What is Portal Hypertension?

Portal Hypertension

is the formation of high blood pressure in the portal vein of the liver and other hepatic veins (veins of the liver). The portal vein is the main blood vessel of the liver which drains blood from the gastrointestinal tract and the spleen to the liver. Precisely, when the pressure in this vein of the liver exceeds 5 to 10 millimeters of mercury (mm Hg) it causes the discussed condition.

Portal Hypertension

Causes of Portal Hypertension.

  • Due to liver cirrhosis and hepatic fibrosis:

    The former indicates scarring and intensive damage to the liver disease due to liver disease. The latter indicates malfunction caused by the formation of excess connective tissue in the liver. Hepatic Fibrosis could be congenital (born with) or caused by diseases like Wilson’s disease(excess accumulation of copper in tissues) or Hemochromatosis (excess accumulation of iron in tissues).

  • Due to Portal Vein Thrombosis or congenital artesia:

    Portal Vein Thrombosis is the formation of a blood clot in the portal vein which inhibits the blood flow. It is caused by complications arising in diseases like cirrhosis, pancreatitis, diverticulitis or by the formation of cancerous masses especially in the bile ducts. In congenital artesia sometimes babies are born with a birth defect in which the bile duct connecting the liver and the small intestine is blocked or absent.This can cause increased pressure in the portal vein.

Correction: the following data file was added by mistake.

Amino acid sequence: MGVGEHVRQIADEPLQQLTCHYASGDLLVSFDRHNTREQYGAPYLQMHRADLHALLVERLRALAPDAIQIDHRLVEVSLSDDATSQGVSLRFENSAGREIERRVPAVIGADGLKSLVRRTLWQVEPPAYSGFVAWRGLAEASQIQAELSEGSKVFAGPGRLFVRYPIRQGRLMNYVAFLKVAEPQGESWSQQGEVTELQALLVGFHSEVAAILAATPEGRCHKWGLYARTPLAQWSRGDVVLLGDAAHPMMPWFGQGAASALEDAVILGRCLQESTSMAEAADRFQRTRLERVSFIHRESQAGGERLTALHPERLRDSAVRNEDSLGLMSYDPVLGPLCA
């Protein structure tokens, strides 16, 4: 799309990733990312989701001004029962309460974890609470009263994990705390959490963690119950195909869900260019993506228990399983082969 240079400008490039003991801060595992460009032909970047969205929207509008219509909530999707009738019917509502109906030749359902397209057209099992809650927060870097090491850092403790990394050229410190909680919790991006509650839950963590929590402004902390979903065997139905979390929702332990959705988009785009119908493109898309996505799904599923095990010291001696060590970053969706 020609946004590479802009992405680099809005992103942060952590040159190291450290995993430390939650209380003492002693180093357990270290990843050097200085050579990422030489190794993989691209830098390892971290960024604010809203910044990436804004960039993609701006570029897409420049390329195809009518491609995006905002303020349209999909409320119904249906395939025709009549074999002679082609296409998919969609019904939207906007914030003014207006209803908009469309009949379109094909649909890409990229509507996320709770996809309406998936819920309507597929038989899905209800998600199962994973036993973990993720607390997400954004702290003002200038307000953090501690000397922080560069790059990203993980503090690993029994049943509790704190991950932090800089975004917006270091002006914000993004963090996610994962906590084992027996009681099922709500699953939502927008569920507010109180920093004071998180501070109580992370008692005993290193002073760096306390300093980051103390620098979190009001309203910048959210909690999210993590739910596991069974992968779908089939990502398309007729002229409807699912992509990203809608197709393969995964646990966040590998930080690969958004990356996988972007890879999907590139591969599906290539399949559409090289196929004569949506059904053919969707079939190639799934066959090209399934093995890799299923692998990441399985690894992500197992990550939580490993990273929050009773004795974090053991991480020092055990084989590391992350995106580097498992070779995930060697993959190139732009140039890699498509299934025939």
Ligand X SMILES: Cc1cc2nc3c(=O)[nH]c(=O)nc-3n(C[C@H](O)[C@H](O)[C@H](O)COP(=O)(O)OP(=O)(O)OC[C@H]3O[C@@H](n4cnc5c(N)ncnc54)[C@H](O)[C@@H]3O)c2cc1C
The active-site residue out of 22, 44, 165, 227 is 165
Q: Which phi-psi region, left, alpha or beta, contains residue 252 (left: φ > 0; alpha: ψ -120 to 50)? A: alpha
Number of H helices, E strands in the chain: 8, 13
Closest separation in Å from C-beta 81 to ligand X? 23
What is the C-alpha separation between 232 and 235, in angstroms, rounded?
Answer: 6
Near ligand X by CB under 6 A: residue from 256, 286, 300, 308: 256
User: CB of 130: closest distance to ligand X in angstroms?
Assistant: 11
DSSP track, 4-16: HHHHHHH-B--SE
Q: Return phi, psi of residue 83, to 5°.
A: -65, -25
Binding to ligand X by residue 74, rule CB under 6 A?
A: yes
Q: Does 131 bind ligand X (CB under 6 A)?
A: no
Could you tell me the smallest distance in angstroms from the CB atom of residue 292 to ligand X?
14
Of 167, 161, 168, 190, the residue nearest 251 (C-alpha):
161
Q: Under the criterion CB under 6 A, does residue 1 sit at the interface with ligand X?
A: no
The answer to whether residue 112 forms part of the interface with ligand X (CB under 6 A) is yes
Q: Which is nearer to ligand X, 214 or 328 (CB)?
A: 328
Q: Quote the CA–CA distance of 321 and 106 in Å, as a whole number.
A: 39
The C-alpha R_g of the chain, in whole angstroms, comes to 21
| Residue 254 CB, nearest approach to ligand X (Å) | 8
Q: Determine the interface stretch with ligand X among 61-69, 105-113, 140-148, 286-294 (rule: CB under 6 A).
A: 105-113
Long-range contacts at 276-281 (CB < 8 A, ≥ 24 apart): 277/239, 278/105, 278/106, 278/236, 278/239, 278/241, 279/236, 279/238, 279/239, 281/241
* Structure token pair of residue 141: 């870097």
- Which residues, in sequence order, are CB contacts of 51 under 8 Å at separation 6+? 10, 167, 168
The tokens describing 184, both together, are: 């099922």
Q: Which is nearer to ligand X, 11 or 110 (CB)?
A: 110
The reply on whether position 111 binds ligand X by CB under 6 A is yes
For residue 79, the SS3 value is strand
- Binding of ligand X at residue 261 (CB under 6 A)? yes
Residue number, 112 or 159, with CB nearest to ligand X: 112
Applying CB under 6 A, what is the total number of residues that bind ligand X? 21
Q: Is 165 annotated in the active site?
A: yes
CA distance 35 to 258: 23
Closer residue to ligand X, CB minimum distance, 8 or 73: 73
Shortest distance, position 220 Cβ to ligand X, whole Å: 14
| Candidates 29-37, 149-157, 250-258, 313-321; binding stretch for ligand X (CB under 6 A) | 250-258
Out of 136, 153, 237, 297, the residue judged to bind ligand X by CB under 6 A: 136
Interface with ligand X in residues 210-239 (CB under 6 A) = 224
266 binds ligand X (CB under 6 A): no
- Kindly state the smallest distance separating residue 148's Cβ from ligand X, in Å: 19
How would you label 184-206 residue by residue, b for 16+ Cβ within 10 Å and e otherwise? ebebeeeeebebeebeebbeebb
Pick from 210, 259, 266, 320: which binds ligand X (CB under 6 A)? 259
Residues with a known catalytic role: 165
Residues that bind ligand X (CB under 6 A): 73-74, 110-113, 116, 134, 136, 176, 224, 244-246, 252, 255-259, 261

• Due to hepatic vein thrombosis:

    Any blood clot in any other vein of the liver can also cause it.

  • Due to inflammation in the pericardium( Constrictive Pericarditis):

    Pericardium is the muscular sac that contains the heart and the roots of the major veins to the liver.When it gets swollen it might cause the increased pressure.

Symptoms of the increased pressure in the portal vein

  • Ascites (Fluid retention in the membrane separating the abdominal wall and the abdominal cavity).
  • Hepatic Encephalopathy (Enlargement of the liver).
  • Splenomegaly (Enlargement of the spleen).
  • Increased risk of bacterial infection in the abdominal organs.
  • Increased risk of infection in the kidneys and consequent malfunction.
  • Increased risk of esophageal and gastric varices (dilation of the blood vessels of the esophagus and gastric cavity due to the increased pressure) which may ultimately cause gastrointestinal bleeding.

Treatment of Portal Hypertension

  • Drugs such as beta blockers and nitrates reduce pressure in the portal vein. The occurrence of bleeding varices are also greatly improved because of it.
  • To resolve any blood clot creating the additional pressure, drugs can be administered to dissolve the blood clot.
  • Anti coagulants such as Heparin can be prescribed in people prone to blood clots to prevent future obstructions.
  • A drug known as Octreotide is administered to reduce the volume of blood directed through the liver to bring down the hypertension.
  • In infants, this condition is mostly caused by an infected umbilical cord or appendix. The problems are generally treated with surgery and antibiotics to provide relief from the increased pressure in the blood vessel.
  • When all other efforts to treat this condition fails, surgery is performed whereby a shunt is placed and an alternative route for the blood flow is made.

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